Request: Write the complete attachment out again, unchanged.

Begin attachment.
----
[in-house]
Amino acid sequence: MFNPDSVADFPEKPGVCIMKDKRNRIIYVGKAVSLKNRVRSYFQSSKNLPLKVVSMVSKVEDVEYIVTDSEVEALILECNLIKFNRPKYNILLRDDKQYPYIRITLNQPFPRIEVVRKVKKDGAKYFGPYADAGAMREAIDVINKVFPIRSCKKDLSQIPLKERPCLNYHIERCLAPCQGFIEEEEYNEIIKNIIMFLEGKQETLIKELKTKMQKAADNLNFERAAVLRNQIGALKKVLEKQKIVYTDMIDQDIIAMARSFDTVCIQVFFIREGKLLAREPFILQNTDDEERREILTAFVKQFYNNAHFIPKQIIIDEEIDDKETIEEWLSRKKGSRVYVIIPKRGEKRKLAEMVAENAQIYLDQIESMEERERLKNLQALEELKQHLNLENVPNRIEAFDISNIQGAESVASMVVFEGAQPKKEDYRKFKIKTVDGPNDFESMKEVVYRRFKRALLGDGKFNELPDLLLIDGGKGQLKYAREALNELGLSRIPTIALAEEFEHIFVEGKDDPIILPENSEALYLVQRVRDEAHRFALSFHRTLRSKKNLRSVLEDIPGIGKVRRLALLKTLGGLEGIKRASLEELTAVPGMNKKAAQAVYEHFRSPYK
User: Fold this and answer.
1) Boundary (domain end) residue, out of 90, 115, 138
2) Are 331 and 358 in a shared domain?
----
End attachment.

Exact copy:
[in-house]
Amino acid sequence: MFNPDSVADFPEKPGVCIMKDKRNRIIYVGKAVSLKNRVRSYFQSSKNLPLKVVSMVSKVEDVEYIVTDSEVEALILECNLIKFNRPKYNILLRDDKQYPYIRITLNQPFPRIEVVRKVKKDGAKYFGPYADAGAMREAIDVINKVFPIRSCKKDLSQIPLKERPCLNYHIERCLAPCQGFIEEEEYNEIIKNIIMFLEGKQETLIKELKTKMQKAADNLNFERAAVLRNQIGALKKVLEKQKIVYTDMIDQDIIAMARSFDTVCIQVFFIREGKLLAREPFILQNTDDEERREILTAFVKQFYNNAHFIPKQIIIDEEIDDKETIEEWLSRKKGSRVYVIIPKRGEKRKLAEMVAENAQIYLDQIESMEERERLKNLQALEELKQHLNLENVPNRIEAFDISNIQGAESVASMVVFEGAQPKKEDYRKFKIKTVDGPNDFESMKEVVYRRFKRALLGDGKFNELPDLLLIDGGKGQLKYAREALNELGLSRIPTIALAEEFEHIFVEGKDDPIILPENSEALYLVQRVRDEAHRFALSFHRTLRSKKNLRSVLEDIPGIGKVRRLALLKTLGGLEGIKRASLEELTAVPGMNKKAAQAVYEHFRSPYK
User: Fold this and answer.
1) Boundary (domain end) residue, out of 90, 115, 138
2) Are 331 and 358 in a shared domain?